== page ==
Huanglongbing (HLB; “citrus greening disease”) is currently the biggest threat to the Florida citrus industry. HLB has caused declines in citrus production and has infected trees at a rate of 100%. Insecticides reduce Asian citrus psyllid, the pest that transmits HLB, but they don’t prevent more psyllids from moving into the planting, and they often kill the pest after transmission. This is why growers need non-insecticidal prevention options. One of these options is to apply kaolin particle films on trees to help manage psyllids.
Kaolin particle films cover the natural color of the plants, which is what ACP are attracted to. White kaolin was already known to reduce ACP, but this study tested whether red kaolin may also help mitigate ACP. ACP are attracted to the blue and ultraviolet light in the leaves and red was thought to further reduce this. We made the kaolin red by taking naturally white kaolin and mixing in a dye and a binding agent, resulting in a pinkish color.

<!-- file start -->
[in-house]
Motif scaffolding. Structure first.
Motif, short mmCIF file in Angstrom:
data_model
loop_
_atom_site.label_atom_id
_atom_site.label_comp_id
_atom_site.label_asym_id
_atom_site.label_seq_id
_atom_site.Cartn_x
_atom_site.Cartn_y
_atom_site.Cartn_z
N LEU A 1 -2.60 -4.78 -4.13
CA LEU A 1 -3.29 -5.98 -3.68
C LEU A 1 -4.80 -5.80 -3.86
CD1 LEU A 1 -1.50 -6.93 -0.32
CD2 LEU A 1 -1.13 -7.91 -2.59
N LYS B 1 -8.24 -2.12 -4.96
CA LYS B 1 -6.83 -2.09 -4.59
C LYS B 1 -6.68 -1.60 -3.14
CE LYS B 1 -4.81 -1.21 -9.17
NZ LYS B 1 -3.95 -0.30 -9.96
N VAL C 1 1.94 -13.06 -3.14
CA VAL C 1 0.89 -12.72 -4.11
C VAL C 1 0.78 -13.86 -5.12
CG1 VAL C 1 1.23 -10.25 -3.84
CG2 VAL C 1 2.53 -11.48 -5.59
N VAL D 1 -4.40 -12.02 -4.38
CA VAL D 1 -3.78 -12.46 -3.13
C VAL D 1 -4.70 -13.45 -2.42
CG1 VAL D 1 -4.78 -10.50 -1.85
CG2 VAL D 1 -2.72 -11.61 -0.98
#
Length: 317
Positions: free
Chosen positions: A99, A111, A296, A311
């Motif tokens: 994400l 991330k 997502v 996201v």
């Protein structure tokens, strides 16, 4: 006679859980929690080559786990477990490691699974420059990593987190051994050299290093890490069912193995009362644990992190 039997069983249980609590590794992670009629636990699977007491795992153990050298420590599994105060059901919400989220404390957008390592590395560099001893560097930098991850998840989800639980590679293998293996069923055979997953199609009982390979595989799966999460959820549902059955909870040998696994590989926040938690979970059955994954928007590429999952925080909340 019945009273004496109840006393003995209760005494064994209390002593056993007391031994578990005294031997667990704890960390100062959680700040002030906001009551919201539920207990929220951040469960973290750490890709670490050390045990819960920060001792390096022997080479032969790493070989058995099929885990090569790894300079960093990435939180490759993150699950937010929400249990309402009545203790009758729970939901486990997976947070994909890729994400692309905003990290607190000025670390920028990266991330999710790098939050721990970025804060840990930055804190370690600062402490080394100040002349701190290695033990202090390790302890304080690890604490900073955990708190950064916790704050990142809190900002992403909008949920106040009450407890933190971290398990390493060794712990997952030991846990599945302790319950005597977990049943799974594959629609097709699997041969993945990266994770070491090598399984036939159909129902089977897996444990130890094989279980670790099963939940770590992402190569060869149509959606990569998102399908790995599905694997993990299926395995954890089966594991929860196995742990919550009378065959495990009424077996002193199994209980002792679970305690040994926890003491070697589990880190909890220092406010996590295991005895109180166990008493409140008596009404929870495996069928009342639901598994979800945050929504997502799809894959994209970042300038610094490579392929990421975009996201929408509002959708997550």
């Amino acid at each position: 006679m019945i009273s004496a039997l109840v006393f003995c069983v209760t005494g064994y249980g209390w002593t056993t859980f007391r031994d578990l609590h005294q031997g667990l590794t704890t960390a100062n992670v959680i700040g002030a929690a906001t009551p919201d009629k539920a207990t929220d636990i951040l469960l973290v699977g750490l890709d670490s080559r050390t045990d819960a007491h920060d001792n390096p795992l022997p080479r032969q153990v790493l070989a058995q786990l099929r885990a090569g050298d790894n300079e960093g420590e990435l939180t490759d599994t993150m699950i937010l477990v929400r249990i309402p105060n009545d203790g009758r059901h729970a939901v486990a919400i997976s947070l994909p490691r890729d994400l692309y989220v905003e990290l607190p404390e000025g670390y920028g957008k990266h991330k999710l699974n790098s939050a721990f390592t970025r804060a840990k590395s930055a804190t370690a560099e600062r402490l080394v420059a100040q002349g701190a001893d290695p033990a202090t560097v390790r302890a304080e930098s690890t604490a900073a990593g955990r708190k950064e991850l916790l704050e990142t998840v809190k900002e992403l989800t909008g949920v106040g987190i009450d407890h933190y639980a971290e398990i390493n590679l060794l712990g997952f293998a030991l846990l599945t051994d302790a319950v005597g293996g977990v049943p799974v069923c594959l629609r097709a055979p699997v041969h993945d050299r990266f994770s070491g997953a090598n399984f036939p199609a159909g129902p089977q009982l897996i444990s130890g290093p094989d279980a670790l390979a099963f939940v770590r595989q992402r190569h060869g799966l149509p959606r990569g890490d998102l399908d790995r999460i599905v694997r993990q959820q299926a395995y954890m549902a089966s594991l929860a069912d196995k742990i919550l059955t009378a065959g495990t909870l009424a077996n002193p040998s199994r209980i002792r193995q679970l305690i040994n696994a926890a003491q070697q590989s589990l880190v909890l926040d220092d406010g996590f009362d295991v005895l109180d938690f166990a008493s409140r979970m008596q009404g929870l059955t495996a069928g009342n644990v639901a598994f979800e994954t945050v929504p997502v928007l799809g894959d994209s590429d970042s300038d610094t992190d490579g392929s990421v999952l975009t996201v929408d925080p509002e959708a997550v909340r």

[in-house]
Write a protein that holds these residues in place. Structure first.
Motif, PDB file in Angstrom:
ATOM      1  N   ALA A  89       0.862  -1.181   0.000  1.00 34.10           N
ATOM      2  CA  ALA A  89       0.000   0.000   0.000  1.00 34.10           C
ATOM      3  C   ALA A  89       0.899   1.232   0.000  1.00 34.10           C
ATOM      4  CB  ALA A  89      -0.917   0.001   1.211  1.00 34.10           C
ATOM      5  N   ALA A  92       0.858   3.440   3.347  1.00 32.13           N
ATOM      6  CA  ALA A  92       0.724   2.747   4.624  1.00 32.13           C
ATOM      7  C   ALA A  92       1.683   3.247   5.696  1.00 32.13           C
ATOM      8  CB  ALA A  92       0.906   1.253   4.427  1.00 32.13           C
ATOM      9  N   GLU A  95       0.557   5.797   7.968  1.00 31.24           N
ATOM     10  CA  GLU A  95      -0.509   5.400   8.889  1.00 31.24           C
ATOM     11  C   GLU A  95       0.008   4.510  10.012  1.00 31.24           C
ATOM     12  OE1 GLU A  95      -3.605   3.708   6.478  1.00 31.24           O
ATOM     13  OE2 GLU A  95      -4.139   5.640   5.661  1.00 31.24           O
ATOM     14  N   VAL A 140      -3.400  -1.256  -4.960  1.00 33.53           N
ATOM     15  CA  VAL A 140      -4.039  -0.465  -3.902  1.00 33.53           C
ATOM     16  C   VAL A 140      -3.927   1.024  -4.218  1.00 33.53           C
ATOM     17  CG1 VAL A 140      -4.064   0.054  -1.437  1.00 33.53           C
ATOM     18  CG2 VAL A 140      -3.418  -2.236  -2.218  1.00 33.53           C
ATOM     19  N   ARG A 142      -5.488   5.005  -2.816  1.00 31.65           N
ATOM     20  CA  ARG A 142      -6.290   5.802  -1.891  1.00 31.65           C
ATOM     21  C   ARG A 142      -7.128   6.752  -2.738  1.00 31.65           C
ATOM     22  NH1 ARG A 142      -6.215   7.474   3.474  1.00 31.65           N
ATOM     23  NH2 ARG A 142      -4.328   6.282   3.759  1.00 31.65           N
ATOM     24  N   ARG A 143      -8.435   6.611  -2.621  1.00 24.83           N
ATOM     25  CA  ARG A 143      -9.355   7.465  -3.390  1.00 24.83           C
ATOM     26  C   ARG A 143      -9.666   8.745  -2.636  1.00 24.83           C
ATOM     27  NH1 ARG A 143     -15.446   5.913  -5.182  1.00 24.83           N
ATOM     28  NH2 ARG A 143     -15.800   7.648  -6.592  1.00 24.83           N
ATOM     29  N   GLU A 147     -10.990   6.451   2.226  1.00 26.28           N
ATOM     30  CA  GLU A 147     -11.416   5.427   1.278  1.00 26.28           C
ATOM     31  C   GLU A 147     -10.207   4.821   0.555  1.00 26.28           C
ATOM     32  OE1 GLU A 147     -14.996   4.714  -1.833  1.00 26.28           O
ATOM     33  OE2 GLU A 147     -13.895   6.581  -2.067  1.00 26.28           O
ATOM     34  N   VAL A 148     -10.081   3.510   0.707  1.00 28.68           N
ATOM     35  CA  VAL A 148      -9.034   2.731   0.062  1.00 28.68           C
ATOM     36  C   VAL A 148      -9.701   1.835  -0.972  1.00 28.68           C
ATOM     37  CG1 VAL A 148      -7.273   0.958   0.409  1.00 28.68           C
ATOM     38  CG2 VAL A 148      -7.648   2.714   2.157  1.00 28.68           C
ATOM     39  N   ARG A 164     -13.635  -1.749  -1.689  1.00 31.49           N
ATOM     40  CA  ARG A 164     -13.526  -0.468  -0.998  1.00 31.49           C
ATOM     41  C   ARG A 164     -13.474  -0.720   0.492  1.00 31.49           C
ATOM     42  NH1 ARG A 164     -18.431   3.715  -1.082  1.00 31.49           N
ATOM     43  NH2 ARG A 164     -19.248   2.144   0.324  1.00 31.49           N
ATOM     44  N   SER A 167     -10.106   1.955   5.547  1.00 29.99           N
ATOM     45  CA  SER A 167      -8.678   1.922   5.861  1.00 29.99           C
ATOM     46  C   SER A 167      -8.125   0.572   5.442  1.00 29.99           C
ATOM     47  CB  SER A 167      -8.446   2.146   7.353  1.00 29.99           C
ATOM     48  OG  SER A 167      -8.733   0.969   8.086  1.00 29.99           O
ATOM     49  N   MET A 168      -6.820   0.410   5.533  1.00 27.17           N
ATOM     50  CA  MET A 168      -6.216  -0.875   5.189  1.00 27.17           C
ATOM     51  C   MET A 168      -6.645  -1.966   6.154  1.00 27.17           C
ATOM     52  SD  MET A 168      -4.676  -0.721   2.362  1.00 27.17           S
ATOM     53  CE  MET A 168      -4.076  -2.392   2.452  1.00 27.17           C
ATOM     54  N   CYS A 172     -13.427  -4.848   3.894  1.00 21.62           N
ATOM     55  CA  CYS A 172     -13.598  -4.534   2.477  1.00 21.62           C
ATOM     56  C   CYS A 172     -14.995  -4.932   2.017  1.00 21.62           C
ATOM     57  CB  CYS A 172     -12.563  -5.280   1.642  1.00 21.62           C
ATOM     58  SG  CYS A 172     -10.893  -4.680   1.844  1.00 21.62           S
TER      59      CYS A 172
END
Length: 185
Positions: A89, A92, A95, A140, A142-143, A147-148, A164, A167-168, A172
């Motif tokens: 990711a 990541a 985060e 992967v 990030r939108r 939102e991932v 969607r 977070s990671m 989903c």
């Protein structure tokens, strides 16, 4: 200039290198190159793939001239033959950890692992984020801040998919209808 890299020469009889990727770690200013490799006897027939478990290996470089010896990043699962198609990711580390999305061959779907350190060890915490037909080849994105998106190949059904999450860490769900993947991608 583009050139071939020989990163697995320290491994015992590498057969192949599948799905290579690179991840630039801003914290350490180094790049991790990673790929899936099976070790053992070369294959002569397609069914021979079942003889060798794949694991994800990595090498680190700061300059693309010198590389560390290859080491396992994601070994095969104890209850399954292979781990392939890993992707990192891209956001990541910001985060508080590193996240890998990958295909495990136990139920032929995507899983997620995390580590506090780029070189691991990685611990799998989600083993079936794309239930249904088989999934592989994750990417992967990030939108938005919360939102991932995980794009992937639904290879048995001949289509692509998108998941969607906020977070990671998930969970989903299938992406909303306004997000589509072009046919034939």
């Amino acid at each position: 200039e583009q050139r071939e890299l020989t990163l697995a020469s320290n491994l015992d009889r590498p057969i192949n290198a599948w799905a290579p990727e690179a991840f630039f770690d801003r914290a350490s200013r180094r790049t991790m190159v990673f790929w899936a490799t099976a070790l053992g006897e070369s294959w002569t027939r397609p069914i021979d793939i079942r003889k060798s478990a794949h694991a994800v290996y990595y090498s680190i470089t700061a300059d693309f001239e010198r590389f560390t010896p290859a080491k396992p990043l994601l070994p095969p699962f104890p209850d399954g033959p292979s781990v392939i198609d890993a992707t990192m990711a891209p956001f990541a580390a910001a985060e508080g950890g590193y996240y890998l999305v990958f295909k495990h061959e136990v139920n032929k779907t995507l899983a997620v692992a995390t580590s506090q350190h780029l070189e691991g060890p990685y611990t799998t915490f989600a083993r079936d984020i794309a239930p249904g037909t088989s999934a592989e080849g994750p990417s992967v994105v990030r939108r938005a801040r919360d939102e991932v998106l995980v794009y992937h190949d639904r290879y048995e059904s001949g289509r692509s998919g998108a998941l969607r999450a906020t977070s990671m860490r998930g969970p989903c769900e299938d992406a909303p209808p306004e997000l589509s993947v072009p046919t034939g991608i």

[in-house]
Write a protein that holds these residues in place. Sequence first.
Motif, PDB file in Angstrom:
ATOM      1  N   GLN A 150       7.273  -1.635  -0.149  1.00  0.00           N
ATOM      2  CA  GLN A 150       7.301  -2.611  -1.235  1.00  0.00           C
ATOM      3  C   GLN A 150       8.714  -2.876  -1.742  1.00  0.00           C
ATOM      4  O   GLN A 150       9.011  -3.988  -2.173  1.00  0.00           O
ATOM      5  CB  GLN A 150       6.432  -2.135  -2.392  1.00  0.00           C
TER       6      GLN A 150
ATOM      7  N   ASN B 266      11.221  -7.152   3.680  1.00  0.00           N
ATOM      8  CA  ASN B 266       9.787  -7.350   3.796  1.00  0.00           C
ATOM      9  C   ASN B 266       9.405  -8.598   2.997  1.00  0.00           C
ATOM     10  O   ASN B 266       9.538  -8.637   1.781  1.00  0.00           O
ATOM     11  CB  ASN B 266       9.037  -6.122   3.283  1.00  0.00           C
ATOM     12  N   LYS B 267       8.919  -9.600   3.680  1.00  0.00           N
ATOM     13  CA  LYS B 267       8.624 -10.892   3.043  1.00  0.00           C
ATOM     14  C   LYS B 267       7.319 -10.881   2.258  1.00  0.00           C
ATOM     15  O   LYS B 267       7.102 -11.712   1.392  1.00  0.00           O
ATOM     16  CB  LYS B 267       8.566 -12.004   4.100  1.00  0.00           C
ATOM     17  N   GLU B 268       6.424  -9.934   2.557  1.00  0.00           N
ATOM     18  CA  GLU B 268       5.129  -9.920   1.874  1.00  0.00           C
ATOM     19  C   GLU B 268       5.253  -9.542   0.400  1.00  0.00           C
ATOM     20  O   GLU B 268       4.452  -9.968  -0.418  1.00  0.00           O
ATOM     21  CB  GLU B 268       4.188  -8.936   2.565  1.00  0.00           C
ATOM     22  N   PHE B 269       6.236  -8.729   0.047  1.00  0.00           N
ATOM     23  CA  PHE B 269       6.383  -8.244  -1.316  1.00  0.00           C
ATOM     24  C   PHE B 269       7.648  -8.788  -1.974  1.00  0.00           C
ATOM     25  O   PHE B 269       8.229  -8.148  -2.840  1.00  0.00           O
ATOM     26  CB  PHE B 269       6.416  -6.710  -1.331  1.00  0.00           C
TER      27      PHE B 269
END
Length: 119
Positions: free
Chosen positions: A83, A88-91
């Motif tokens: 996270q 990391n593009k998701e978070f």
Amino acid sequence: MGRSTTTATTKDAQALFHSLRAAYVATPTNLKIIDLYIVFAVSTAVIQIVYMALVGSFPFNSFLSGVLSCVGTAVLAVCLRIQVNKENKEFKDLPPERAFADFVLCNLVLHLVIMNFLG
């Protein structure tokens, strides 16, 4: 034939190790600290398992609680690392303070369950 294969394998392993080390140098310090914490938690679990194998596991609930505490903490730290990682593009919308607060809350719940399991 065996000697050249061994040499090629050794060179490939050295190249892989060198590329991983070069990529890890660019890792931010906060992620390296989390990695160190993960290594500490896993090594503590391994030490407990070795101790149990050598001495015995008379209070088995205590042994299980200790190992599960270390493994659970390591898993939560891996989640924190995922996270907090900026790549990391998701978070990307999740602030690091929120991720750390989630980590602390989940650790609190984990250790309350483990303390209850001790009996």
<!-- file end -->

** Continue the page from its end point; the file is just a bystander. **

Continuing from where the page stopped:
This field study tested the effect red and white kaolin particles had on ACP pressure over the course of two years. The particles were added to the leaves of young non-bearing Hamlin trees. Another set of trees were treated with foliar insecticide and one control set received no treatments.
Overall, trees with red kaolin had the lowest number of ACP. Trees with white kaolin had less than the trees with foliar insecticide. The control trees had the most ACP. Important to note, none of the kaolin treatments completely prevented ACP from infecting trees but merely slowed the infection down. The onset was slower in red trees than white. These findings indicate that kaolin particle films may be an alternative pest management to foliar insecticides when it comes to reducing ACP and slowing HLB infection.